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Santa Clara Valley Chapter


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CY 1998 PRESENTATIONS



JANUARY 21, 1998

A Short history of Medical Device Quackery

Monroe Postman


Charms and fetishes were devised thousands of years ago to ward off evil spirits and cure disease. These beginnings of device quackery seem pretty tame as compared to some of today's medical quack devices. A formal history of device quackery in America might begin in 1796 when Dr. Elisha Perkins patented and sold his "Metallic Tractors", a pair of dissimilar rods which he claimed would "pull out the ailment" when applied to the body.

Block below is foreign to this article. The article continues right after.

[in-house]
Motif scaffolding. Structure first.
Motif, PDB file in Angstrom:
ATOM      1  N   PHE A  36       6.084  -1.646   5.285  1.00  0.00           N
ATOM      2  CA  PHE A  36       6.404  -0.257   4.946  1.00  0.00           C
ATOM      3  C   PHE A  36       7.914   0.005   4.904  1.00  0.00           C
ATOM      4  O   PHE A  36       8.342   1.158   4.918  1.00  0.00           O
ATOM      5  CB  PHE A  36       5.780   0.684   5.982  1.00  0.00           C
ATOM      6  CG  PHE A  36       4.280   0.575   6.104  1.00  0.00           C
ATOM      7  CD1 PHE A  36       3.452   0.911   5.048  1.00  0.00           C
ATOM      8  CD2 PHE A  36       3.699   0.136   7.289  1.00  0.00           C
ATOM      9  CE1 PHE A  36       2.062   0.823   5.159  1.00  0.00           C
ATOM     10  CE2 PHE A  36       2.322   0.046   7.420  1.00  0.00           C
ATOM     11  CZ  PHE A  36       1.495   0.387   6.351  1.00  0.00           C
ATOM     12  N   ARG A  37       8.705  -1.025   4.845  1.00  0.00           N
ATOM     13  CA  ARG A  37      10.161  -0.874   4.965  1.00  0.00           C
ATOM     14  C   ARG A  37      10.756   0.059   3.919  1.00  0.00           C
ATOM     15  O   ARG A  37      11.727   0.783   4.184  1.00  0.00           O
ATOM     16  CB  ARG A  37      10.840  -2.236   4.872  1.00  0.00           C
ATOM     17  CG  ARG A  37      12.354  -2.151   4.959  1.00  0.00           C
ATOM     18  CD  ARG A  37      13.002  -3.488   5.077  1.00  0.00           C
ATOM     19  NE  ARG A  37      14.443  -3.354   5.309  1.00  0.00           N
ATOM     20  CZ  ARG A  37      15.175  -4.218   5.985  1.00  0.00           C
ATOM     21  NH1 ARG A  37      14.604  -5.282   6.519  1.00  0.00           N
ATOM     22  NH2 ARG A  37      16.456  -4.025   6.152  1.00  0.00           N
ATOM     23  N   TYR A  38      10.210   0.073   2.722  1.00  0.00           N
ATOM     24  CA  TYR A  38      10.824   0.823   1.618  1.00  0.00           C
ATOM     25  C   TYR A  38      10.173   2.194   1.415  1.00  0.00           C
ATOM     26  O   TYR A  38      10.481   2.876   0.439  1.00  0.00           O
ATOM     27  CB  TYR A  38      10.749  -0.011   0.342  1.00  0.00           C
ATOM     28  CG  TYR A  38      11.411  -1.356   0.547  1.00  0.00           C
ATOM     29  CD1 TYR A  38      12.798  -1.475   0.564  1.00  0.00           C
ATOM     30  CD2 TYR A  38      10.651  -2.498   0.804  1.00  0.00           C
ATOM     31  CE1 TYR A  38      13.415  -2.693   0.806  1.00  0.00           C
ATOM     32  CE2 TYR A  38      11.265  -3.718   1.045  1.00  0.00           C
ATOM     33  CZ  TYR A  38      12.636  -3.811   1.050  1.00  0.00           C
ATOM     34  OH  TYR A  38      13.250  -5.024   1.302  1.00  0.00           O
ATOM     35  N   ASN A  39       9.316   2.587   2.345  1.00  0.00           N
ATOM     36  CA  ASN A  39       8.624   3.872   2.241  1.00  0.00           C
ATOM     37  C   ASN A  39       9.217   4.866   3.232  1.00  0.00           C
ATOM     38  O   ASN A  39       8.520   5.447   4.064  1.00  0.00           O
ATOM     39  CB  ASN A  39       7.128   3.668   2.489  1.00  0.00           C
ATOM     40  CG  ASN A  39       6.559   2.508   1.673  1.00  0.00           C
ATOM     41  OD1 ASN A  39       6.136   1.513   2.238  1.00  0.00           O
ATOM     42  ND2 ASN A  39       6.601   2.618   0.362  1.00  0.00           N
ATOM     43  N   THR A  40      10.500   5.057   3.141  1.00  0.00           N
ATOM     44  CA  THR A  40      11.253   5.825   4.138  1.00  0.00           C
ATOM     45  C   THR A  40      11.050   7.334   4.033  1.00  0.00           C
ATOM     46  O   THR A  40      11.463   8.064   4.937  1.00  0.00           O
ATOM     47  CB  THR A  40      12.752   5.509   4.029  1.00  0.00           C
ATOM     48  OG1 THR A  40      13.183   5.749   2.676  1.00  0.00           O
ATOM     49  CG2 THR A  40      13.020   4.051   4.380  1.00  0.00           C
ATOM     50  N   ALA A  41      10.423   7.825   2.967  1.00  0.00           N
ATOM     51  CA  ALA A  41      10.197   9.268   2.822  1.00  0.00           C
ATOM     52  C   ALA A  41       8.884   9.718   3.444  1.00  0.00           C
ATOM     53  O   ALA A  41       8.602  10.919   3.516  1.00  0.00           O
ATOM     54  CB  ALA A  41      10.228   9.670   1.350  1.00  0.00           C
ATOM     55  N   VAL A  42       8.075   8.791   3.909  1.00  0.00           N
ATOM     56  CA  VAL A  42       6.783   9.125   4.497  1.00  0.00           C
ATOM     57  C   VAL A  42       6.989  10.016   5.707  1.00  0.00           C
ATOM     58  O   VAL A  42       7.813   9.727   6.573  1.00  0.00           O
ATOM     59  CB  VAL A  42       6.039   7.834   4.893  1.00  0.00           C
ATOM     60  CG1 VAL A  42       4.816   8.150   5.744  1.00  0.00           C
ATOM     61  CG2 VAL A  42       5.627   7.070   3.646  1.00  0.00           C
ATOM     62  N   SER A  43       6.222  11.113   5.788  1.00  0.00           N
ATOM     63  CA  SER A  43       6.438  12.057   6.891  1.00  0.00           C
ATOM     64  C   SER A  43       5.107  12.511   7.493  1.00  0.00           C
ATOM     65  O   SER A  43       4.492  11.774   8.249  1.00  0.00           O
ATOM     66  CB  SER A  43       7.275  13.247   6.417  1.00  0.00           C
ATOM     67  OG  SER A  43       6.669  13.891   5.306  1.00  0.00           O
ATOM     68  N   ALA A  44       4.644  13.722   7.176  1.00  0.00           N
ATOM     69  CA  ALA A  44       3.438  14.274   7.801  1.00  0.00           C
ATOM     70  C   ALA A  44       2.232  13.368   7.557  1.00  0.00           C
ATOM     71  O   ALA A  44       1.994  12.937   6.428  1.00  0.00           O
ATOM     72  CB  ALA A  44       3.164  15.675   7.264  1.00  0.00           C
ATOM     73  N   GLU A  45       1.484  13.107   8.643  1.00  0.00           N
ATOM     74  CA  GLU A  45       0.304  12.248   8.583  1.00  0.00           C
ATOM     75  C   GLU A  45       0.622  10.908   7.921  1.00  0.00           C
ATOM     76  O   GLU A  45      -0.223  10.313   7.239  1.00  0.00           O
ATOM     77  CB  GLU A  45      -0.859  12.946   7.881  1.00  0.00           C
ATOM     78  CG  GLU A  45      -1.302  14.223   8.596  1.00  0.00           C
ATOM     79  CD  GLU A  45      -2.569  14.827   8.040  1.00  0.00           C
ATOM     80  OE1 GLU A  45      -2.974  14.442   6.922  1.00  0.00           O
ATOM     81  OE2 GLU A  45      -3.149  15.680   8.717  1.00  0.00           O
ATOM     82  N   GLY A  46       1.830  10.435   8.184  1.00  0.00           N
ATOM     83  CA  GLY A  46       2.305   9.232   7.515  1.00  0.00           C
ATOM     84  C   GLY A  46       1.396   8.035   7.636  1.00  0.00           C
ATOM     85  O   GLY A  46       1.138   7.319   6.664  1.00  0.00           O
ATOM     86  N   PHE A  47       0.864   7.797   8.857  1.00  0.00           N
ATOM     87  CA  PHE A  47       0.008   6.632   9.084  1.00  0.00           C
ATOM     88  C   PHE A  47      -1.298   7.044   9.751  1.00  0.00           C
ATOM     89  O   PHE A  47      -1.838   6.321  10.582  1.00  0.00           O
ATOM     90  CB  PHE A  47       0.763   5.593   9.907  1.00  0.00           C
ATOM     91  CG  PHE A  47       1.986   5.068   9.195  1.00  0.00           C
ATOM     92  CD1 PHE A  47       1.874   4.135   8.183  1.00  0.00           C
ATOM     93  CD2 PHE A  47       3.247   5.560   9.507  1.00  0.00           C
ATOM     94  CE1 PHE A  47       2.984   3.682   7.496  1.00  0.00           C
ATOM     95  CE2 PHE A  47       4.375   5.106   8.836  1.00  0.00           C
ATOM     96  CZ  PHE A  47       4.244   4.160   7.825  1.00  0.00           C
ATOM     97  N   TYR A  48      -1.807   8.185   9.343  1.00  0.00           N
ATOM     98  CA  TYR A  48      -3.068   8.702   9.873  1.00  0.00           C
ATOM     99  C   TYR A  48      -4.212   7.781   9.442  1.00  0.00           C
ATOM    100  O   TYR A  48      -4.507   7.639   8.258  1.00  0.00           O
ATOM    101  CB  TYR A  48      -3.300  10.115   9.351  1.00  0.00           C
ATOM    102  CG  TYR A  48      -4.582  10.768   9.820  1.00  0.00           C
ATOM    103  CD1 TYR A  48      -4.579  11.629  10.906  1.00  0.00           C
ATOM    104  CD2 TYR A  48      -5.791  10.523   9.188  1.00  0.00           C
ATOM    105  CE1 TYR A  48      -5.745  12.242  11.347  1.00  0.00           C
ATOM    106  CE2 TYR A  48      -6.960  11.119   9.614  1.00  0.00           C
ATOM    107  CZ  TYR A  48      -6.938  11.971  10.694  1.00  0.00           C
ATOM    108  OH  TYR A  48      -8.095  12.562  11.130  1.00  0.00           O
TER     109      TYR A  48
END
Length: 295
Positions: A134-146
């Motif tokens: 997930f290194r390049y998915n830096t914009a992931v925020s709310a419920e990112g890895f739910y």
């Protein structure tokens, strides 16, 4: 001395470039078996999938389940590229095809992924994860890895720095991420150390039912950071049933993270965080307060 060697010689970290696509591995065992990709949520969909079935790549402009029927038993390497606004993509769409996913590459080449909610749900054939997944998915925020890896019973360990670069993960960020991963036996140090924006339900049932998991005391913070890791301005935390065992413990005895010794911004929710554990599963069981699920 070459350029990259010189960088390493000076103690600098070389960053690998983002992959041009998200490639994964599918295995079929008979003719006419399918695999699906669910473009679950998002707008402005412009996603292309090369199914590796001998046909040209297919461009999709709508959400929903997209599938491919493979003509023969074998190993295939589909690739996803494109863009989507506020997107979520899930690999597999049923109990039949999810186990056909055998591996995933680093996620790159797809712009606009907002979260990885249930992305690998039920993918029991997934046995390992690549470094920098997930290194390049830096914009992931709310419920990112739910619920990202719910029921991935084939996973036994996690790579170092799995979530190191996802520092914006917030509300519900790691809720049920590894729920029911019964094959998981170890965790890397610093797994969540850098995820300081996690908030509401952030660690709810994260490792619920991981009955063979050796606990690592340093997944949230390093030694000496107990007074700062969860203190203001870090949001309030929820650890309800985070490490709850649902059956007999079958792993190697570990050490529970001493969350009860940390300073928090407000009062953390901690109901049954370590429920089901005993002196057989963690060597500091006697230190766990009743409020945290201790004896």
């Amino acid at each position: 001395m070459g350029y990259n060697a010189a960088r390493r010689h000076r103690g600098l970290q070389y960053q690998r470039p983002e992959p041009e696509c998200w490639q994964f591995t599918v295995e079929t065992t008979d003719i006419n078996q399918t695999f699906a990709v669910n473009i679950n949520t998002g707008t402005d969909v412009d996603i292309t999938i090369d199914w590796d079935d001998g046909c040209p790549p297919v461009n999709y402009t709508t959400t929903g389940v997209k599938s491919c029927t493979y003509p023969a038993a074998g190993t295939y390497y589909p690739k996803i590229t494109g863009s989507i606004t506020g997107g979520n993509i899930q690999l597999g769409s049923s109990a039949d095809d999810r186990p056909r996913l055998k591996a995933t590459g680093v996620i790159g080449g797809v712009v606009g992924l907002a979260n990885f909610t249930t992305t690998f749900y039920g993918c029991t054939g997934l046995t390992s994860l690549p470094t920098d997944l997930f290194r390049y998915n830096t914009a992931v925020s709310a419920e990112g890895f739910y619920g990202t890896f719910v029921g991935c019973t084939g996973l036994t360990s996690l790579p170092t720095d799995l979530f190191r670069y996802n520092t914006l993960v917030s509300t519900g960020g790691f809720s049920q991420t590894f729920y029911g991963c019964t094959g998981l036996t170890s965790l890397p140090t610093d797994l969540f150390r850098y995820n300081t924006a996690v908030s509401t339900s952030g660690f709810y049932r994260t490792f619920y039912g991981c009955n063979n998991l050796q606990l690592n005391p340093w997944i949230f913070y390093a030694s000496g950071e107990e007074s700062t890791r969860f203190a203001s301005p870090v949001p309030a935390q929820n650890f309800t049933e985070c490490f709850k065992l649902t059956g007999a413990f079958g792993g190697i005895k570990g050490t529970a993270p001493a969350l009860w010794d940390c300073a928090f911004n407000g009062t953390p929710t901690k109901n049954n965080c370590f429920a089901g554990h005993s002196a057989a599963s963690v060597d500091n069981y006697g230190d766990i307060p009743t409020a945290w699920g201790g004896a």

As legitimate science progressed over the next two centuries, and various means of generating and controlling electric current were made available, the medical quacks quickly sold a host of cure-alls. They preyed on the public's fascination with the emerging sciences and their fear of the many diseases which were not curable at the time.

As vacuum tube (and later solid state) technology became available, a new crop of "Radio" diagnostic and treatment machines appeared. These employed impressive control panels with lights, dials, and meters. A present-day device, under review by the FDA, utilizes flashing LEDs and a hypnotic audio tape to "Energize your mind and body...".

Many of these devices will be described and a number of items, which have been on display at a local museum, will be available for inspection.